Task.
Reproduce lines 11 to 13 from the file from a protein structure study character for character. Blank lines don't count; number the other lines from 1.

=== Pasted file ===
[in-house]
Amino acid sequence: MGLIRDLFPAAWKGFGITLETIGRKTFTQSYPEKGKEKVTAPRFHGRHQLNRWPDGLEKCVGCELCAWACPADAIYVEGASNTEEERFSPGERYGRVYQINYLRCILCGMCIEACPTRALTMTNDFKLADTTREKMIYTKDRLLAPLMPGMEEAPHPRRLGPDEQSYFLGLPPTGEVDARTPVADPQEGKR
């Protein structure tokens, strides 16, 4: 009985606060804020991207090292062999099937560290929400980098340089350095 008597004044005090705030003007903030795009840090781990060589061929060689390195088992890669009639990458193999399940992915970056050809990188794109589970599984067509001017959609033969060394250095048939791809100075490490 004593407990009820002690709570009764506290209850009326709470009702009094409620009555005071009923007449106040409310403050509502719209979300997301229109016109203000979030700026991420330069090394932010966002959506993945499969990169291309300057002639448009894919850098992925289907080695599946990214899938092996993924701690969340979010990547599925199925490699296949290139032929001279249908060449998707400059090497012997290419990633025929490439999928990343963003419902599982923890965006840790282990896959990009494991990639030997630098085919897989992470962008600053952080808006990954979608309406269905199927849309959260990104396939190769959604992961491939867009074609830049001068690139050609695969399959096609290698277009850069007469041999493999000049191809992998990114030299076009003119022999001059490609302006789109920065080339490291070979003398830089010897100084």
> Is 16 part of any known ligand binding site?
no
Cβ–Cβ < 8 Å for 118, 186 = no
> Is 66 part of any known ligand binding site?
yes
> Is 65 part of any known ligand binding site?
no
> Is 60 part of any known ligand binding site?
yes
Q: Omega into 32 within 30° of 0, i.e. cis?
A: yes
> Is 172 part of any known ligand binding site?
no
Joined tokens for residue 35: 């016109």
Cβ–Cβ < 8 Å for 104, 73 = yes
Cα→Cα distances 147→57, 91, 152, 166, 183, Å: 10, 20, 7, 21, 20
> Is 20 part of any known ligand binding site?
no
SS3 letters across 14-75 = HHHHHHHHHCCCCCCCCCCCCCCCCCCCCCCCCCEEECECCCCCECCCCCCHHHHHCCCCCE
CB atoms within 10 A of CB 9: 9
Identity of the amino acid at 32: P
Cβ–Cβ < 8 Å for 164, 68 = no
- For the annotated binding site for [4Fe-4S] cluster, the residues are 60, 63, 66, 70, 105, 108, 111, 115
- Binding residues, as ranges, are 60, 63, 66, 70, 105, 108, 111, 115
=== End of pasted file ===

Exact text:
> Is 60 part of any known ligand binding site?
yes
Q: Omega into 32 within 30° of 0, i.e. cis?